Got a barn or warehouse? Consider a cat

When you visit Jim Helms at the Boys & Girls Club of Cabarrus County, you can easily see that he loves children and cats.

For decades, teenagers have spent many weekend evenings lounging at the Boys & Girls Club under Jim's careful supervision. It's a safe haven in a dangerous world.

For about the same span of time, neighborhood cats have also found a refuge with Jim. He spends a lot of money every week to buy enough food for homeless kitties. Many are regulars at his dinner table.

Kittens are often dumped at the Boys & Girls Club, as well as a few puppies left on the doorstep in hopes that children can take home a pet. Often the frightened kittens run into bushes and hear a kind word only when Jim comes out after dark to fill big trays with food for them.

In the rental properties nearby, many residents have moved on and left pets behind to fend for themselves. About five years ago, one woman abandoned more than a dozen cats when she moved.

Cats are resourceful, and they often live on snakes and mice and other pests in the neighborhood. Jim and a few other folks keep them healthy with a daily square meal.

But there's a problem: Cats reproduce at alarming rates. A well-fed female can produce 20 or more kittens each year. And at 6 months old, those kittens start having their own families.

When Jim surveys the grassy field behind the club on Spring Street in Concord, he sees a lot of suspicious little eyes watching for danger, watching for attacks from predators, and watching to be sure Jim will bring them a little something to eat before the chilly autumn night sends them to seek shelter.

During the summer, a team of volunteers from Kitty City, our downtown Concord animal rescue and humane education center, worked to trap and move many of the kittens and to spay adult females. The population of fertile cats in Cabarrus County has reached crisis proportions; hundreds of cats now lurk behind the Boys & Girls Club, the rental houses and nearby businesses, where a little Dumpster diving can yield lunch.

The overpopulation of cats is heartbreaking for Jim and for concerned neighbors who befriend the creatures. When they find furry bodies that have been killed by cars in the street and parking lots, or wounded cats that have been attacked by roaming toms, often it's like losing a friend who has visited their kitty soup kitchens for months. Jim can describe each cat's personality, how long it has been visiting his place, and often which mother cat gave birth to it.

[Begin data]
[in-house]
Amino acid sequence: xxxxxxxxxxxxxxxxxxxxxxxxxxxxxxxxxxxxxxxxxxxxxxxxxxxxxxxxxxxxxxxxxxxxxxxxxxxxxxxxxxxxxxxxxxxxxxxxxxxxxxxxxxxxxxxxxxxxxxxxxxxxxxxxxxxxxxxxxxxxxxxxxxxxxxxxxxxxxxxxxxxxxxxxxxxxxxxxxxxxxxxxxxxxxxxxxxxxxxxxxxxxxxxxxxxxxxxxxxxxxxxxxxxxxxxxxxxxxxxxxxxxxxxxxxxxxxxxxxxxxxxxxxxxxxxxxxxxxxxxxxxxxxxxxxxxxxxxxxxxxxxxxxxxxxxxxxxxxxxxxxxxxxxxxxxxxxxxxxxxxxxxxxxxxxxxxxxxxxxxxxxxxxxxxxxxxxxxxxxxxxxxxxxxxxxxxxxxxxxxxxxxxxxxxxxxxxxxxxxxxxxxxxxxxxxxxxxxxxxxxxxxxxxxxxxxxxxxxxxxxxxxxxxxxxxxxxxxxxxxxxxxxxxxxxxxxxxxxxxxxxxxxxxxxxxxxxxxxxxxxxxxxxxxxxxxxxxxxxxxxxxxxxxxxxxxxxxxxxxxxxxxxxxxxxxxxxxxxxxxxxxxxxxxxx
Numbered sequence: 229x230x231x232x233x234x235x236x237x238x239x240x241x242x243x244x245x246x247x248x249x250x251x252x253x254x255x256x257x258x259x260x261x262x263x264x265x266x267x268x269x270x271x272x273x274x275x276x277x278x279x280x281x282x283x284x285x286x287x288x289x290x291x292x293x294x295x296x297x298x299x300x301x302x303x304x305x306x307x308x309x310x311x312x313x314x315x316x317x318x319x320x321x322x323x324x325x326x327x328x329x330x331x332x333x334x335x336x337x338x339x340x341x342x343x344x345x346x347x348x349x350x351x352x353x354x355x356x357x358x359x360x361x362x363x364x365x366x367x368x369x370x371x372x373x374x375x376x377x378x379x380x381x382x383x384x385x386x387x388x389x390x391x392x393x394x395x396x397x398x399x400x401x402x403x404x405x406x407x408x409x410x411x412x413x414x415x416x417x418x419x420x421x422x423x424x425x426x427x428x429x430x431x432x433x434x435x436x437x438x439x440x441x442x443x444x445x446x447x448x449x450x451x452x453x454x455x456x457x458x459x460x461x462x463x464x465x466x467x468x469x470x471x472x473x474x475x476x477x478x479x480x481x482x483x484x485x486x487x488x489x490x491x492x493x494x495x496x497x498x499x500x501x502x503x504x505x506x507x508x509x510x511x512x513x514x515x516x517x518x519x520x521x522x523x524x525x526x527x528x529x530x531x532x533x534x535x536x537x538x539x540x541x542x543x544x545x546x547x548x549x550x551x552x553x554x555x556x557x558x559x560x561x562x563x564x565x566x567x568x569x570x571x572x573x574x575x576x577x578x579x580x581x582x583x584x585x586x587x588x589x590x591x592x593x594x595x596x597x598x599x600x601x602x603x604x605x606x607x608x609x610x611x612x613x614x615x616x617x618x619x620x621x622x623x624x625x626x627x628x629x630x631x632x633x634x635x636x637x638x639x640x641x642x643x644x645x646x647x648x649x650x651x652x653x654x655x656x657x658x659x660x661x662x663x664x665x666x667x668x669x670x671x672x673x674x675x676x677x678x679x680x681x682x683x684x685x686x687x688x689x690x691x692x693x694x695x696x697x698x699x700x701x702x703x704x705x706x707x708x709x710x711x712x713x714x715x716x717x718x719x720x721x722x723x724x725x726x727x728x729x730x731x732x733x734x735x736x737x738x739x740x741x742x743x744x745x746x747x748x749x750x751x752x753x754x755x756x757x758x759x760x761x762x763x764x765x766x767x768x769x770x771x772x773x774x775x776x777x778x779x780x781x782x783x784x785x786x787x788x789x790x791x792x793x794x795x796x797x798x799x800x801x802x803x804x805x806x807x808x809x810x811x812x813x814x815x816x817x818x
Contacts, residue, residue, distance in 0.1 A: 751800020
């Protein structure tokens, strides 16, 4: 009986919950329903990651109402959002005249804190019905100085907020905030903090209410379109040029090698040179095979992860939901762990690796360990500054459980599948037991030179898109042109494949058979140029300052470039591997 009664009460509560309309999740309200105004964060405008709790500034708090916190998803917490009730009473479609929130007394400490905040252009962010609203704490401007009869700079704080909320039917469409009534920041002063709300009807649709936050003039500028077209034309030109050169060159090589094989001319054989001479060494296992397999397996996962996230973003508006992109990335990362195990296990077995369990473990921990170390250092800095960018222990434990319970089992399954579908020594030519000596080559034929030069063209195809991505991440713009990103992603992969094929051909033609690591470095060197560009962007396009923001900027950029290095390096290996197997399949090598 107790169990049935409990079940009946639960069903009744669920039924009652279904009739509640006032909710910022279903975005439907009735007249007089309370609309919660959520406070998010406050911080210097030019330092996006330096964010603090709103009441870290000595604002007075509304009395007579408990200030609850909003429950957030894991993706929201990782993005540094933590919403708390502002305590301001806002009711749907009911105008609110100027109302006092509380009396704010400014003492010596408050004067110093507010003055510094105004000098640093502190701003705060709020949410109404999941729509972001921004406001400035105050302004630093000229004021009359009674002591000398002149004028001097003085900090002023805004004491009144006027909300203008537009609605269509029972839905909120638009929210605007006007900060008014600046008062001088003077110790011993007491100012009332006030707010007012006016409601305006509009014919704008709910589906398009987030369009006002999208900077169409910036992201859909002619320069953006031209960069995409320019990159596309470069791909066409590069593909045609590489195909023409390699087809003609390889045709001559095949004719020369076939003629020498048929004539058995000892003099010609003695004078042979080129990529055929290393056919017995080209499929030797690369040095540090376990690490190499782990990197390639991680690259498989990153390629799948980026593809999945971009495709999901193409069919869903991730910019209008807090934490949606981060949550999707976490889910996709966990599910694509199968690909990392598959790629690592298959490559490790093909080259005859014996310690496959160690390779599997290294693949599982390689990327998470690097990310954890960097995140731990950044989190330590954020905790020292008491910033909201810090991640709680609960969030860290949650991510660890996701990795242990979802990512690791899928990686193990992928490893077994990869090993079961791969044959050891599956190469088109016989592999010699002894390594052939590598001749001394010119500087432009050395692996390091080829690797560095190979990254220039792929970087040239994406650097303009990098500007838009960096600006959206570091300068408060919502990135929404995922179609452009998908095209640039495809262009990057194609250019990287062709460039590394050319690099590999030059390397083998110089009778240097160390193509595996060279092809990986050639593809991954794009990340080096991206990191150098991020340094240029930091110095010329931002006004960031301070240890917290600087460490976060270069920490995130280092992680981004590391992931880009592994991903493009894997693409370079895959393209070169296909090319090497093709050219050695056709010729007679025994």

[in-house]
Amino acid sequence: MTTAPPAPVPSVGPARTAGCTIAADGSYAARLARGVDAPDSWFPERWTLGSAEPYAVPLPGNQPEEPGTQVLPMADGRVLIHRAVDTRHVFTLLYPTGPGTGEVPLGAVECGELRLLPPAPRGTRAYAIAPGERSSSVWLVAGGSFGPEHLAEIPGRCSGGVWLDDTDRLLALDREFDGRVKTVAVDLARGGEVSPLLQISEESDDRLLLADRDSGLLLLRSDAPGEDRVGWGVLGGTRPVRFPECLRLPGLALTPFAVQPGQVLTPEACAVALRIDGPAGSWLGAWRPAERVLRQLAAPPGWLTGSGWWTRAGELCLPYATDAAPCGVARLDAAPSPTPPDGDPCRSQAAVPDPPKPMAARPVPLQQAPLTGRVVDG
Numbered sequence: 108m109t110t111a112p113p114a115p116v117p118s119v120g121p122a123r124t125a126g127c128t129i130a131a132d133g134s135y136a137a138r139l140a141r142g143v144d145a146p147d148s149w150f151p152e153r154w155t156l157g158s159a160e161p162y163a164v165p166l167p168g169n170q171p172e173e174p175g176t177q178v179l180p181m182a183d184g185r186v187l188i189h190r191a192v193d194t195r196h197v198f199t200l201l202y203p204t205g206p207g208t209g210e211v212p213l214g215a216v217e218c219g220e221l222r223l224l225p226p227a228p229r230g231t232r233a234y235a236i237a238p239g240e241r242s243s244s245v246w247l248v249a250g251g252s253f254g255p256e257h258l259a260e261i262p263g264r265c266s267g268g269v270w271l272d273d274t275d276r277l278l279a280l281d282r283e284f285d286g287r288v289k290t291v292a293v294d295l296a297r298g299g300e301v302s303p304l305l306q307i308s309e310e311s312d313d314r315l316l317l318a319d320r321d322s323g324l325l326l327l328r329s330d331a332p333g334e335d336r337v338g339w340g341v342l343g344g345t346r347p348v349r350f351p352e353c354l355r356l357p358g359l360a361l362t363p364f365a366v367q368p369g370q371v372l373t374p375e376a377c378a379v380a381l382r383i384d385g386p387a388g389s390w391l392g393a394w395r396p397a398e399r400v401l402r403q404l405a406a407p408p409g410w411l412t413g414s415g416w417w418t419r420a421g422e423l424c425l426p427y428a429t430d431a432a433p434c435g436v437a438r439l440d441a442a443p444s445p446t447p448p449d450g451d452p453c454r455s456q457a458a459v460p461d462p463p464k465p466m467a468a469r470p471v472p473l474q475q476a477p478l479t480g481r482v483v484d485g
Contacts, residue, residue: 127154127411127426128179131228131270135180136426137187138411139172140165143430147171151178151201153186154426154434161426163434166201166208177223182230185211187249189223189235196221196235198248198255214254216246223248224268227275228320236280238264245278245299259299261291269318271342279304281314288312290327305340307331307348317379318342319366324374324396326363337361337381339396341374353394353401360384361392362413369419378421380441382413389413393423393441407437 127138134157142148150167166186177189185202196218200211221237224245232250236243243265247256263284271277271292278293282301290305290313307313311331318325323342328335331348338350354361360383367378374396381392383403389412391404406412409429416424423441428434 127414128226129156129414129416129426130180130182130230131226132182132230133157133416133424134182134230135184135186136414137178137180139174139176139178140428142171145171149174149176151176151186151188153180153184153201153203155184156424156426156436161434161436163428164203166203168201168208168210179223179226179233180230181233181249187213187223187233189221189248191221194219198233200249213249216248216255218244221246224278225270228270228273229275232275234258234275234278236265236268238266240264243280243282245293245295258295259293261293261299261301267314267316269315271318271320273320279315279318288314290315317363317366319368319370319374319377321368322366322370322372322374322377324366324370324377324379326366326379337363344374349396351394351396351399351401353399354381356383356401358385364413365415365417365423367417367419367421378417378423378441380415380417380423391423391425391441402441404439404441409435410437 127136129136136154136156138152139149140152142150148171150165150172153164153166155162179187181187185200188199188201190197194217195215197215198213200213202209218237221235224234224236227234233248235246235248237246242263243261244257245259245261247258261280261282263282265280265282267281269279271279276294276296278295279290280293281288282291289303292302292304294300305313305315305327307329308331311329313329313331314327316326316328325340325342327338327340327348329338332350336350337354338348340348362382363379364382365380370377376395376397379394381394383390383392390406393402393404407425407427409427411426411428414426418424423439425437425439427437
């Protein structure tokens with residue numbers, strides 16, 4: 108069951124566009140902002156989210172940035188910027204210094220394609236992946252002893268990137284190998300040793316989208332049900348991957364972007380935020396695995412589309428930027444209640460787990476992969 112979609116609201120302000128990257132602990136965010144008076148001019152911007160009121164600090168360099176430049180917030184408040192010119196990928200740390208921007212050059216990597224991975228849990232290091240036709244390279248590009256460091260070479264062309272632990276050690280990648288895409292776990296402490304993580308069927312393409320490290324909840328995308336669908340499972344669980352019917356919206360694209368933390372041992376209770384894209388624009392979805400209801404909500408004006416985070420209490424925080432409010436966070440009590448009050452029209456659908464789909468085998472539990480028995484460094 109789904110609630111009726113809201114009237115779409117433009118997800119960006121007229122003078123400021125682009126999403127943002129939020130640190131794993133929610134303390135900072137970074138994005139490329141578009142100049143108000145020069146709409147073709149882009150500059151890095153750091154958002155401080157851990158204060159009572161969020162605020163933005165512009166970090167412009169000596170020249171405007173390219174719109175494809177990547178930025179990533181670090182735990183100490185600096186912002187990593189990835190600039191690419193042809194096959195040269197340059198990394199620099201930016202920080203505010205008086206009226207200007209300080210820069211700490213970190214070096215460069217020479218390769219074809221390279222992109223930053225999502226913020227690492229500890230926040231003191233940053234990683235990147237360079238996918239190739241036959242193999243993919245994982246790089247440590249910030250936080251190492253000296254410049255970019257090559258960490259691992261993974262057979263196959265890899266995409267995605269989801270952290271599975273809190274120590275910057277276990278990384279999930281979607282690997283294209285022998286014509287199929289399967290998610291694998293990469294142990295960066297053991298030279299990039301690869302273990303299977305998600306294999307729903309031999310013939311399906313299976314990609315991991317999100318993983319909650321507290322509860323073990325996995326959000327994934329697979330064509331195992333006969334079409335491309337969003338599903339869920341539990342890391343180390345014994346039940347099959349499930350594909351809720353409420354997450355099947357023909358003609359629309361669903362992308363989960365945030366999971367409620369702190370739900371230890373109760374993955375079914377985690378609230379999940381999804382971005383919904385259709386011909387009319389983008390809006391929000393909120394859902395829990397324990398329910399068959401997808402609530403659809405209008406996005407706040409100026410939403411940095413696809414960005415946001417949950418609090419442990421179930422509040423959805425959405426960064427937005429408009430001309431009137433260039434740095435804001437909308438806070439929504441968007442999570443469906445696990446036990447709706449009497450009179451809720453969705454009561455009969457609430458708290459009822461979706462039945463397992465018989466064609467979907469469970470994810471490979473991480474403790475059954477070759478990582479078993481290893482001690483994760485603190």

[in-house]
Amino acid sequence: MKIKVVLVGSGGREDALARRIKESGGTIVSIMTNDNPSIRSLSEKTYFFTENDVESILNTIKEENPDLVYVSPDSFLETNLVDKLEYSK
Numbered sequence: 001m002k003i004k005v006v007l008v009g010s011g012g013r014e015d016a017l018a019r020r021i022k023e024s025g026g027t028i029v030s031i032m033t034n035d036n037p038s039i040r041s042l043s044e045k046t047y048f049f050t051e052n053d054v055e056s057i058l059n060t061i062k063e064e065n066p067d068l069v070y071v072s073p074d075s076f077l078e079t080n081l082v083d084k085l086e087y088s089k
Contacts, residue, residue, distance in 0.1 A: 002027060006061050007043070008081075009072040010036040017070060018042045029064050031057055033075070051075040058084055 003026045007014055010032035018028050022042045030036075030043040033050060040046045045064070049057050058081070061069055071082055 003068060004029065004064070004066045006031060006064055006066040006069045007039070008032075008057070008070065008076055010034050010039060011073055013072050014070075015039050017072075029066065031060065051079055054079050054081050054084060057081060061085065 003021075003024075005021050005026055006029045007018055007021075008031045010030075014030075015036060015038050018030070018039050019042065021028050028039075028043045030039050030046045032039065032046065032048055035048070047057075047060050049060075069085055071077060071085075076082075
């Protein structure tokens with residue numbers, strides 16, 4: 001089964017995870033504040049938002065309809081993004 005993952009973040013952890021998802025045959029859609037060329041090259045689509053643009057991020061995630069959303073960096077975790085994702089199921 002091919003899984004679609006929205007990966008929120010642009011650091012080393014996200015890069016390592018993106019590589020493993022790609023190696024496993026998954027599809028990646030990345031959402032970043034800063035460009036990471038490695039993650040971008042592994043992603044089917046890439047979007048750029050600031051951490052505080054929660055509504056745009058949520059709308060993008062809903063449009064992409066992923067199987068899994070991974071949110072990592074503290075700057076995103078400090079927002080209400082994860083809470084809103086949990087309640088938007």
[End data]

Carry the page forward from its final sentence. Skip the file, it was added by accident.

"I had one who was spayed the first time Kitty City had a clinic here, back in 2007," Jim said. "She had got really friendly, would let me rub her head a little bit. I found her run over in the parking lot during the summer."

Visitors to Jim's office are familiar with one of those cats, who became his personal pet. She's a contented tabby, curled asleep in his desk chair, with one cropped ear to signify that the veterinarians stopped her family tree at the spay-neuter clinic.

Kitty City, a project of Cabarrus CARES, plans to alter a lot more of the neighborhood cats this fall. Beginning this month, the volunteer organization will partner with the Boys & Girls Club to trap, spay-neuter and move dozens of stray cats. The effort is called TNR ("Trap-neuter-release"), and it is the only way to effectively lower the numbers of strays. Fully vaccinated and altered cats will be free to new homes.

"They make great mousers," said Jimmie Hoffman, one of the TNR team members at Kitty City. "Any warehouse or barn could just feed them, and they'll prevent a lot of rodent damage."

The cats offered to good homes in the TNR project often won't make tame lap cats, but once they've been spayed or neutered and vaccinated, they don't require much. They'll return a lot by keeping away snakes and even other cats.

"Once they're altered," Hoffman said, "they don't roam, and they won't let other cats share their territory."

Why don't they just destroy the cats?

"They are a valuable asset in keeping the environment in balance," said Natalie Barbee, operations manager of Cabarrus CARES. "When they banned cats in Europe in the Dark Ages, rats moved in to fill the void, and the result was bubonic plague from their fleas.

"The same thing happened a few years ago in Arizona, when the prairie mice transmitted hantavirus. Without these guys, you will see a surge in neighborhood rats."

Hoffman said, "There's no reason to kill them, but we have to control the numbers."

The trapping teams are already developing strategies and identifying targets. Soon many of the pairs of eyes blinking slowly in the evening lights will watch from new homes.

It won't be solved overnight, but eventually the numbers of unwanted cats and kittens will decline.

Jim Helms will still love cats and children. But will can sleep better at night knowing that his friends are safe.